Residents along Florida’s Gulf Coast are no doubt feeling a role reversal in the days following Hurricane Irene’s path of destruction from North Carolina to New England. The images on TV of mountain towns in upstate New York cut off by flood waters and water rescues in New Jersey are certainly different than we’re used to seeing when tropical weather usually ravages our state and states to the west. For many residents in the areas affected by Irene, the hurricane of that size will be a once-in-a-lifetime experience.
Hearing from family and friends is an important part of the recovery process for residents whose homes have sustained damage and people who have temporarily cut off by flood waters. According to news reports, some groups of people in the Northeast may be stranded for days due to flooded roads and washed out bridges. Resources, like food and clean water, may be sharply limited, too. Widespread power outages have prompted utility crews from outside the region, including crews from Florida, to provide assistance in outage areas.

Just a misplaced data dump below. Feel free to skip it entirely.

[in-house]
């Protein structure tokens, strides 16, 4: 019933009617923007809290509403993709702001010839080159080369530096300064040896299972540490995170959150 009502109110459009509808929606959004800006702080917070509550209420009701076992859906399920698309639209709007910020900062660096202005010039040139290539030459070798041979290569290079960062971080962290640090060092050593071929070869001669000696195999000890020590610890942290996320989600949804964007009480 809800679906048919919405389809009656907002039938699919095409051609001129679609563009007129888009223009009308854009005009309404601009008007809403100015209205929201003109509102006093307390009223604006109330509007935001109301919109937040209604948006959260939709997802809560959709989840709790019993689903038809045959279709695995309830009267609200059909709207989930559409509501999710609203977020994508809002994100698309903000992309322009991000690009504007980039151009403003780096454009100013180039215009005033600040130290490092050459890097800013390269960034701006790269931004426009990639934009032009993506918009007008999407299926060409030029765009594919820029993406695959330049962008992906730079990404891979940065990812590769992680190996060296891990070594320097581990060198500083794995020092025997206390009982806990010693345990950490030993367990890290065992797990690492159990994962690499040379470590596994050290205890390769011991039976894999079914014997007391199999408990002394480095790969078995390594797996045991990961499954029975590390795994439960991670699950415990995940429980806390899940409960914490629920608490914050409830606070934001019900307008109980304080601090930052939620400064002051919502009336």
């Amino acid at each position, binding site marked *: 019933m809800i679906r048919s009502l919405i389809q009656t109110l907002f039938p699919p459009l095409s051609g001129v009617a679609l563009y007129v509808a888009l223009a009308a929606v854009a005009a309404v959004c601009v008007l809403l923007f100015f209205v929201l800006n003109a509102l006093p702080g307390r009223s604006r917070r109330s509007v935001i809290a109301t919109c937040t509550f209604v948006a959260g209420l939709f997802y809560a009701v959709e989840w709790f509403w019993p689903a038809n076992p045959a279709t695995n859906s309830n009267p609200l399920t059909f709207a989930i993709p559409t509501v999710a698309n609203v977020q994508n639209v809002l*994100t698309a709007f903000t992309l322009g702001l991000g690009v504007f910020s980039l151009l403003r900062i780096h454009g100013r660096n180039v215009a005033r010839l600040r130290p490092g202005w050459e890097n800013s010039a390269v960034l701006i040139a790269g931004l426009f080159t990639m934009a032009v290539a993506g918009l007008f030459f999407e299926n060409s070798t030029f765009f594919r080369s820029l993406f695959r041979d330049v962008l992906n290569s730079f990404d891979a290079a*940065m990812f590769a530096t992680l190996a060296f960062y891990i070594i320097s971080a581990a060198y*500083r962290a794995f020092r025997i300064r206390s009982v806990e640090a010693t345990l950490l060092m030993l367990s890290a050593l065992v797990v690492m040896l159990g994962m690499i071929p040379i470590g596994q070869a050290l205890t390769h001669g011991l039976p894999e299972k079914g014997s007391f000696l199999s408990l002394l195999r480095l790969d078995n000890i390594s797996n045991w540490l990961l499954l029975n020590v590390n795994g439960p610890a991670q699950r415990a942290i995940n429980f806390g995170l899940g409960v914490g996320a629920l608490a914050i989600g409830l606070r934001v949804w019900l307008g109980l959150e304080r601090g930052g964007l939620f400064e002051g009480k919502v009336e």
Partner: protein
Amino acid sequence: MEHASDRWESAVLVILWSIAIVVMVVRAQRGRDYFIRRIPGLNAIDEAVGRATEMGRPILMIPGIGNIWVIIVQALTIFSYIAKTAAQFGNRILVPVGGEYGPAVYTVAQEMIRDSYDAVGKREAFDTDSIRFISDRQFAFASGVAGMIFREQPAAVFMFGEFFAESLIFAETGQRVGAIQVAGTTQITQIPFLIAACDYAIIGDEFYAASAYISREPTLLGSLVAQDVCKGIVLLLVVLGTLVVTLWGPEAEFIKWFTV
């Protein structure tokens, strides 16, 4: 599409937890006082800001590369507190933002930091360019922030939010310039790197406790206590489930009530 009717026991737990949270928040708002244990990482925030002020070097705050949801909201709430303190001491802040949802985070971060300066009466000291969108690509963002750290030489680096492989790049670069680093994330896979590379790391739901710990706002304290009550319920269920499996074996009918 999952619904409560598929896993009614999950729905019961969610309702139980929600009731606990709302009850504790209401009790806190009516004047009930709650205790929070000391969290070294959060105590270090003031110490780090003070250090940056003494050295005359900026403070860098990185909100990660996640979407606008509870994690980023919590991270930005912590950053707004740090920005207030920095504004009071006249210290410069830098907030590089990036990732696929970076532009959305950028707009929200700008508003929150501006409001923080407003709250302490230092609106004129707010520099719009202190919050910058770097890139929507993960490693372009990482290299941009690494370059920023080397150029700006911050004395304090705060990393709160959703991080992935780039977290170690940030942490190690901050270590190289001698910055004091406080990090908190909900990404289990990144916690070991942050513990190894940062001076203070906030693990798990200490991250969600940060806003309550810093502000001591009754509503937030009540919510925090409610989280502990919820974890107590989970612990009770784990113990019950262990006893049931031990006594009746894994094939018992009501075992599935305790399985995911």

If you’ve experienced the wrath of one of nature’s most formidable forces, you likely remember living in survival mode for days or even weeks. But in an area like New England, hurricanes are a rare occurrence and residents are less likely to be prepared for either the initial impact or the aftermath. In fact, landlocked Vermont is battling its worst flooding in 70 years.
Another unexpected event connected to disasters like this one is the arrival of scam artists and unlicensed contractors looking to make fast money from home repair jobs. Hopefully, you never fell prey to one of these unethical individuals. But any experience you’ve had with them can be valuable to a friend or family member who may encounter someone similar during the cleanup and recovery period up north.
One of the best bits of advice you can give to a friend or family member affected by Irene is to recommend asking for several bids for any significant needs, such as roof repair. Also, tell them that checking the license of a contractor, getting the agreement in writing and avoiding those door-to-door sales calls are more than suggestions—they’re mandatory steps. Now your experience is paying off!